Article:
Tuesday, August 25, 2009

Diaspora by Greg Egan

Greg Egan
1997, Orion, London

A hard-science fiction novel set post-flesh-humanity where sentient beings are part of a computer complex. When two colliding neutron stars threaten to destroy Earth, they begin a journey of discovery.

And then some!

This was an amazing book. It covered topics as varied as virtual reality, xenobiology, astrophysics, mathematics, evolutionary theory, chemistry, and a lot more which went well over my head. The setting of the story is so different to our world - usually it's hard for an author to separate a created universe from our own, but this attempt has been highly successful.

The ending was the most beautiful ending I have read in a long time.

Friday, August 21, 2009

Beyond Star Trek: The Physics of Star Trek, The X-Files, Star Wars, and Independence Day by Lawrence M. Krauss

Beyond Star Trek: The Physics of Star Trek, The X-Files, Star Wars, and Independence Day
Lawrence M. Krauss
1995, 1998, HarperPerennial, New York

Krauss discusses physics theories used in modern science fiction and explains where they work and where they don't.

As I was reading this, I couldn't believe that it was making sense. Krauss is obviously very talented at writing popular science to make it accessible to common man. I loved the theories of quantum mechanics - it's all so fascinating.

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Monday, August 17, 2009

A Child's Book of True Crime by Chloe Hooper

A Child's Book of True Crime
Chloe Hooper
2002, Random House, Milsons Point

Kate is a teacher in a small school who is having an affair with the father of one of her students. The man's wife is the author of a true crime novel about a local murder of an adulteress and Kate begins to confuse this story with her own life.

I didn't enjoy this book. I think the main problem was that I couldn't identify with the narrator at all, her motivations were mysterious and inexplicable. She is too juevenile, too melodramatic, and she doesn't learn anything despite being given the opportunity. I'm not sure what the author was trying to achieve with her character.

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Friday, August 14, 2009

Apathy and Other Small Victories by Paul Neilan

Apathy and Other Small Victories
Paul Neilan
2006, St. Martins, New York

Shane's dental hygienist is found murdered and he's a suspect. Or something. A description of this book's plot is not going to give any real sort of indication as to what sort of book this is.

This was a hilarious read. The sort of book that makes you laugh out loud, then when someone asks what you're laughing at, you mumble incoherently because it's just so wrong. I loved the narrator's insights and cynical view of the modern world. You know you're reading a good book when every single character is stark raving loony and yet the whole things makes perfect sense.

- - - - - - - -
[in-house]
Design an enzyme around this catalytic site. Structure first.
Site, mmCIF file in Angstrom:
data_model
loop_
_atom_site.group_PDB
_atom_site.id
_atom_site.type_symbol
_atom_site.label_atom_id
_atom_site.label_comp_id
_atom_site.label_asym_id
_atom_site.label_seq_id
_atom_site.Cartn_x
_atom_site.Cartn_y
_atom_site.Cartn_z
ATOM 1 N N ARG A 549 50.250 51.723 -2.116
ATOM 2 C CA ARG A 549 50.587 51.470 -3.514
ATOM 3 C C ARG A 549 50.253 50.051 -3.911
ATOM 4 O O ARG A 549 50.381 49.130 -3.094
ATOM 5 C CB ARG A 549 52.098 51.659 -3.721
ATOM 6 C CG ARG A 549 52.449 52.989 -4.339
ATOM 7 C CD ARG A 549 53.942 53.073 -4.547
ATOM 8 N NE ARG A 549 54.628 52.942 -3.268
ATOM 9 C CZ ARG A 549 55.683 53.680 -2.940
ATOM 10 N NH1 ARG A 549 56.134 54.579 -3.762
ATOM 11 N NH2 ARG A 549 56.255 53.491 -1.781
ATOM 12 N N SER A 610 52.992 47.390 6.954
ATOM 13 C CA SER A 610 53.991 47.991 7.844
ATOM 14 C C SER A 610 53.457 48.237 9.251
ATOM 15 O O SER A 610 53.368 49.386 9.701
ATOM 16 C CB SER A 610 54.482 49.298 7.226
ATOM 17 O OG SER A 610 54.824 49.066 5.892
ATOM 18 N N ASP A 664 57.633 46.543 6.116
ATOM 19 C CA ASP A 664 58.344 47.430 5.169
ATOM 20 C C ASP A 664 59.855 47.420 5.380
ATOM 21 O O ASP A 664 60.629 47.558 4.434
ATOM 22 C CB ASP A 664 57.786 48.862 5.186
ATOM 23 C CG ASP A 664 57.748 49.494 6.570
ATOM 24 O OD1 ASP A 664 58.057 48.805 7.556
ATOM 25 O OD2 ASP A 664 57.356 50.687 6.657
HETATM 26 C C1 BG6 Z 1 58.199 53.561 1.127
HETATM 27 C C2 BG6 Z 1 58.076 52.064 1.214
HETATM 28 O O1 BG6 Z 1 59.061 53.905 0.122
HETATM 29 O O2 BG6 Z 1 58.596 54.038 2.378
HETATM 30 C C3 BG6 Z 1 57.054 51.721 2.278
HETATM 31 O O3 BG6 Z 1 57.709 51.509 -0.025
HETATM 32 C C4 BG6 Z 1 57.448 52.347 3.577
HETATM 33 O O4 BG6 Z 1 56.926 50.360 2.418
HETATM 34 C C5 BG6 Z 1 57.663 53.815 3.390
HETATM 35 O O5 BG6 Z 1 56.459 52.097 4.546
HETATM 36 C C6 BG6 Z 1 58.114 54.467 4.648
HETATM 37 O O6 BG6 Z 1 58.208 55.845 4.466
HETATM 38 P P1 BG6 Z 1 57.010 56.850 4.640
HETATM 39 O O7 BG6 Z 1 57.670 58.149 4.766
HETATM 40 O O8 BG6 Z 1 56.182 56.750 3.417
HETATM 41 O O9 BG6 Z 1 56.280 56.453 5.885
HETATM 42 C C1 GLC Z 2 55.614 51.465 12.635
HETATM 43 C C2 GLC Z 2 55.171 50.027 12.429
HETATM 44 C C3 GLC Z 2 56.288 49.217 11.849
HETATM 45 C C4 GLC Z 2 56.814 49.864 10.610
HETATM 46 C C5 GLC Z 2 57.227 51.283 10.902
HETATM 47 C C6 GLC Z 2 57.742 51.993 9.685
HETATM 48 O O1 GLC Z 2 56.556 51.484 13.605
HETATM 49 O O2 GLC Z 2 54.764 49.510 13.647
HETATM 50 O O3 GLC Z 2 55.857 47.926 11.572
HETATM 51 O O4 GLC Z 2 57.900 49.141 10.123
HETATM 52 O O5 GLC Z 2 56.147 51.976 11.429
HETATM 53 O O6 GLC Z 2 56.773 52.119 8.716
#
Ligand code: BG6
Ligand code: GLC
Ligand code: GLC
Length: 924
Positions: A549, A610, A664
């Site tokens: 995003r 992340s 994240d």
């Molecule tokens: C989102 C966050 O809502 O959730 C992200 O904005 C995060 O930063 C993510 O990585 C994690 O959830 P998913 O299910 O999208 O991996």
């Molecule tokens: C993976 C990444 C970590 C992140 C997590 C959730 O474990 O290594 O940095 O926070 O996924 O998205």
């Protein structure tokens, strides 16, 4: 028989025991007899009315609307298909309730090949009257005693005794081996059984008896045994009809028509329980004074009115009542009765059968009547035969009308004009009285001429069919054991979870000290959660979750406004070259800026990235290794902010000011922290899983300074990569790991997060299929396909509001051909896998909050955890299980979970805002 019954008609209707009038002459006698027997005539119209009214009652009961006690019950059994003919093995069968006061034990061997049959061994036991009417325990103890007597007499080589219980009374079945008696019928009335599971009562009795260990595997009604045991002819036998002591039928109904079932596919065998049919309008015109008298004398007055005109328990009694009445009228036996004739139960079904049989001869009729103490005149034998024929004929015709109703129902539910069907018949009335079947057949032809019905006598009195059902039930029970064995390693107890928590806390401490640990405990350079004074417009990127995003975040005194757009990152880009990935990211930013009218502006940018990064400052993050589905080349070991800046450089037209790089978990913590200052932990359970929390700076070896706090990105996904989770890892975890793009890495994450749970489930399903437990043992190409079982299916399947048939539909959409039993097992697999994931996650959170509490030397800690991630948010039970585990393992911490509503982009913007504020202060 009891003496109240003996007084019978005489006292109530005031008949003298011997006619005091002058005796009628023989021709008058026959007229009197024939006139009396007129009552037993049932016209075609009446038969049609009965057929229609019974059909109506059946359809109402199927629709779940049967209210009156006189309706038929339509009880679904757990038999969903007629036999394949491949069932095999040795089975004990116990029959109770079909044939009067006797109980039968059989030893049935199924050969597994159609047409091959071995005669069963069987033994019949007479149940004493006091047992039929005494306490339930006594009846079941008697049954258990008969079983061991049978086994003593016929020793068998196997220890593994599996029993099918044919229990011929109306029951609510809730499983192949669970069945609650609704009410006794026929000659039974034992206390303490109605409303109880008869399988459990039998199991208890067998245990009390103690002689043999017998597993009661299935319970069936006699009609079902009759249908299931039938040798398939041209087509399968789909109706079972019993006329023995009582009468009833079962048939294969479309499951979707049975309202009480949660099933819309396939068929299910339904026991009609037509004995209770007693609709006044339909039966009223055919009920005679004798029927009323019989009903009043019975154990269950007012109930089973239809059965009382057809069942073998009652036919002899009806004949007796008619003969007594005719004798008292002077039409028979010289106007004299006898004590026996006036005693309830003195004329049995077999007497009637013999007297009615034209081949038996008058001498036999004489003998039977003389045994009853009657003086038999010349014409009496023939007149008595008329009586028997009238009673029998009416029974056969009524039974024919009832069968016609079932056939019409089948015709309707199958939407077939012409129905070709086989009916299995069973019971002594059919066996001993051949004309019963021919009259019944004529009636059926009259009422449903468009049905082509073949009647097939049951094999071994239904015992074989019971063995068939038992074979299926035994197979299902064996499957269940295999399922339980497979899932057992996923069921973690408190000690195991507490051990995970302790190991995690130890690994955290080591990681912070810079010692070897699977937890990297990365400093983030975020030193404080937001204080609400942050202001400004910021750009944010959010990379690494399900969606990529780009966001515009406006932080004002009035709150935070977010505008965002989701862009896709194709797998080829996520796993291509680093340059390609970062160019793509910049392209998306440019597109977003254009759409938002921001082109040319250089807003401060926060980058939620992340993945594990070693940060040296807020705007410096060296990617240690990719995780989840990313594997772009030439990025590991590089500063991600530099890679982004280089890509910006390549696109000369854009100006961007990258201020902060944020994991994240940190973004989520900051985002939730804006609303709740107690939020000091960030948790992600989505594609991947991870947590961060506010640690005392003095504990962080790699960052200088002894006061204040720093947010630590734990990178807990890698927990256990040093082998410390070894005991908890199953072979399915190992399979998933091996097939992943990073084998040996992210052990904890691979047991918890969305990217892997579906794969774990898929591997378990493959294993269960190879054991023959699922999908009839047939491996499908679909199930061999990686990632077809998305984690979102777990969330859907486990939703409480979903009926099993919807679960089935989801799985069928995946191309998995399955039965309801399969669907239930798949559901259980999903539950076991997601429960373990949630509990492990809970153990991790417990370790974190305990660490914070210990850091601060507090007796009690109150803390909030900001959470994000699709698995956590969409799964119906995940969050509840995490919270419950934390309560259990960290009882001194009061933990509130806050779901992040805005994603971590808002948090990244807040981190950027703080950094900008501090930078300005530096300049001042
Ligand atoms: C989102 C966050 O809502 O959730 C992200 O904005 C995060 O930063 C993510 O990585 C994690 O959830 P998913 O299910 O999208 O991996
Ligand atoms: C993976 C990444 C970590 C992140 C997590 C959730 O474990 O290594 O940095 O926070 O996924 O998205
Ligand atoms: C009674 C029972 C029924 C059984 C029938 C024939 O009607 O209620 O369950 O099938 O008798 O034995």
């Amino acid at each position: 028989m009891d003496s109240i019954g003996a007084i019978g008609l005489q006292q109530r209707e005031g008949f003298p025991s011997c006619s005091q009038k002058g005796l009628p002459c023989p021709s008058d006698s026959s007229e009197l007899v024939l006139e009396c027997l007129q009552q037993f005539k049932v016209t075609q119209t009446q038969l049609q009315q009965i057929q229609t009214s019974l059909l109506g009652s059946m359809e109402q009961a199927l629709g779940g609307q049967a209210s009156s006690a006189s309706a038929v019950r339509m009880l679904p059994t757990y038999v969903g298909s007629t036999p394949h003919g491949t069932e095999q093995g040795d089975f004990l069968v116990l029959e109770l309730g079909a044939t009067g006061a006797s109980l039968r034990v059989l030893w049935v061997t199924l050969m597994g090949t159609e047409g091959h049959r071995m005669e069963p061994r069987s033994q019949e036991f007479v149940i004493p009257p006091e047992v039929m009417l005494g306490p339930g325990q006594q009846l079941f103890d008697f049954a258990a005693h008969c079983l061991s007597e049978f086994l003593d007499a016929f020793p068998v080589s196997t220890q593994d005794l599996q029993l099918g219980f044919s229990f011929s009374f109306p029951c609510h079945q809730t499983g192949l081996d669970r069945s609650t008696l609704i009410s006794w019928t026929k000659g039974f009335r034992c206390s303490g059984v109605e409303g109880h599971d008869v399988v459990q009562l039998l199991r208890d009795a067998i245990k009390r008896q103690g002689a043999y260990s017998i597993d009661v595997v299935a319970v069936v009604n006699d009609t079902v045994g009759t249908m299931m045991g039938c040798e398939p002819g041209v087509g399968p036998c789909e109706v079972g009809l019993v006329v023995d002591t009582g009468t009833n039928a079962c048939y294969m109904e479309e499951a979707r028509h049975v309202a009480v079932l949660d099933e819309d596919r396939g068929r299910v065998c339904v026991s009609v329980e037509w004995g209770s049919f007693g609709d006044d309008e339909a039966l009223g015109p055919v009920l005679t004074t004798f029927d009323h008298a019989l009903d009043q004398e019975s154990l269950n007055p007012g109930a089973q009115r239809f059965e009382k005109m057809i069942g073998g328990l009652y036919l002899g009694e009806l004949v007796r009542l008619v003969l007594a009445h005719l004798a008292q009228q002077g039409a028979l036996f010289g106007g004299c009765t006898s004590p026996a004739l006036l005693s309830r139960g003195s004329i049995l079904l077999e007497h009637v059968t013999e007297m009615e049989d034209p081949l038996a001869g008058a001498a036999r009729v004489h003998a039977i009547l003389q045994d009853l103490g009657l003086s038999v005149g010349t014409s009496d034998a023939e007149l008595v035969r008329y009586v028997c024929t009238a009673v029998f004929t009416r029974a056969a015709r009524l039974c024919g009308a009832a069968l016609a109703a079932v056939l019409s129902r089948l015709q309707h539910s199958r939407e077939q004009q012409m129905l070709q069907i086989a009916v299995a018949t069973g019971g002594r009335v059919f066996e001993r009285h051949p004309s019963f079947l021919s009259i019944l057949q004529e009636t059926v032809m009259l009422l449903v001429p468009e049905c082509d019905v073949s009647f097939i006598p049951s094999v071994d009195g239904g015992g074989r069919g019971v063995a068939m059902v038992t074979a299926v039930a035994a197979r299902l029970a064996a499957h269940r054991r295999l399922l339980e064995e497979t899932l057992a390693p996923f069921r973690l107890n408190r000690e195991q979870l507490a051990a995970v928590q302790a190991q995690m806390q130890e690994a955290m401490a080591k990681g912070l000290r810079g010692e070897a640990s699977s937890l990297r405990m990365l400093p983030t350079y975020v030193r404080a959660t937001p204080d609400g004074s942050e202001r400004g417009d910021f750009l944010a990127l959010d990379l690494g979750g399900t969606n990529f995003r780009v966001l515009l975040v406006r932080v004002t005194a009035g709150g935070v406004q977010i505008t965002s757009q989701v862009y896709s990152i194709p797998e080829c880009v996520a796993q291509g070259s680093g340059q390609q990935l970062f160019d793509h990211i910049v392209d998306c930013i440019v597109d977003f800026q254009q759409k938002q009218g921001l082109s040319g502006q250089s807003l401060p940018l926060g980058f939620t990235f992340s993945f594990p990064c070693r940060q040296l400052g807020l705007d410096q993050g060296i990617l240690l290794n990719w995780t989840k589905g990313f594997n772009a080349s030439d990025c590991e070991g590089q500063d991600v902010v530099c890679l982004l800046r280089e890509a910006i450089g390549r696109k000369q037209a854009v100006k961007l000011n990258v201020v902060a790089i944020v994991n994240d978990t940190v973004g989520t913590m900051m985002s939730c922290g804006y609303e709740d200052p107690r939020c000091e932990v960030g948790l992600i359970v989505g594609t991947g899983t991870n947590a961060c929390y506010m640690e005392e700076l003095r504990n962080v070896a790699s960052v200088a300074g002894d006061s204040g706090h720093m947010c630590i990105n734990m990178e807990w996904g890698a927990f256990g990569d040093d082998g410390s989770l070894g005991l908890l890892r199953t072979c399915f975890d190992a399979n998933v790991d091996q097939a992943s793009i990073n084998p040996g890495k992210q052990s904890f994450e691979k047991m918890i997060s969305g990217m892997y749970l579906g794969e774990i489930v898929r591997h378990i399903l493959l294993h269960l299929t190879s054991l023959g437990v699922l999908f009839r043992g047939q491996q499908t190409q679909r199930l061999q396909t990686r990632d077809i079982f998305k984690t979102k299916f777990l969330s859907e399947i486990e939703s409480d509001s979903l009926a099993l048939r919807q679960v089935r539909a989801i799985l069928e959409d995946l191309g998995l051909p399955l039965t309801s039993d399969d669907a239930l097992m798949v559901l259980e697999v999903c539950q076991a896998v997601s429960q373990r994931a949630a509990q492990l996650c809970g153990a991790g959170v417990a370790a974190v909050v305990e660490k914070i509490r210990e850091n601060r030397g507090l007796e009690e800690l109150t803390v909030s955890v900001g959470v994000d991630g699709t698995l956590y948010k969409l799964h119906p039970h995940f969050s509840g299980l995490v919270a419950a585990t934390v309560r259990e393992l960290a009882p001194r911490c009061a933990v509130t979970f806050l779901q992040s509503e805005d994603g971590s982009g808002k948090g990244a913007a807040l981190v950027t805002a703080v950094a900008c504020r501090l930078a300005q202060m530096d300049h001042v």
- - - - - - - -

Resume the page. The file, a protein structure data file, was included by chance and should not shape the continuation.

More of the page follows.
Link to journal at bookcrossing

Tuesday, August 11, 2009

Valiant by Holly Black

Holly Black
2005, Simon & Schuster, New York

Val runs away to New York City where she encounters a group of homeless youths who are in contact with faeries. She gets dragged into a world of drugs and monsters as she fights to free herself from the binds that have tangled her.

This certainly is an angsty book, but it's a good yarn. I liked it better than Tithe. I loved the setting of New York City - it's great to have faeries in the middle of a modern city.

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Sunday, August 9, 2009

Stiff by Shane Maloney

Shane Maloney
1994, 2004, Griffin Press, Melbourne

Murray Whelan is a political fixer working for the Minister of Industry when an accident at a meat-packing plant threatens to put a spanner in the works of an Industrial Relations Bill. Investigating the incident, Whelan finds himself in the middle of something far more sinister.

This book is very Victorian. I'm not sure how accurate it is, as I wasn't in Melbourne in the early 1980s, but the reader certainly gets a feel for the culture. Whelan is a great character, he's just trying to do a good job, to stay on top of everything, yet gets himself in deeper and deeper.

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Thursday, August 6, 2009

Stardust by Robert B. Parker

Robert B. Parker
1990, 1991, Berkley, New York

Spenser is a private detective hired to find out who is threatening TV starlet Jill Joyce. The stakes are raised when Jill Joyce's body double is murdered.

I quite liked this when I got into it. I think I was thrown a little by the gaudy cover, this is a classic American detective novel and reminded me of Chandler's Marlowe. Spenser is a brilliantly sassy character, I will try and read more of these books.

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Sunday, August 2, 2009

Star Trek: The Next Generation: Imbalance by VE Mitchell

Star Trek: The Next Generation: Imbalance
VE Mitchell
1992, Pocket Books, New York

The Enterprise is sent on a diplomatic mission to review the possible entry of the Jarada people into the Federation of Planets. While on an away mission, Riker, Crusher, Worf and Keiko become separated and trapped without contact with the ship.

This was a solid little entry into the Star Trek universe. It followed all the conventions and introduced some interesting xenobiology concepts. I really liked the way the author gave each of the aliens an individual personality, which a lot of Trek fiction fails to do even remotely.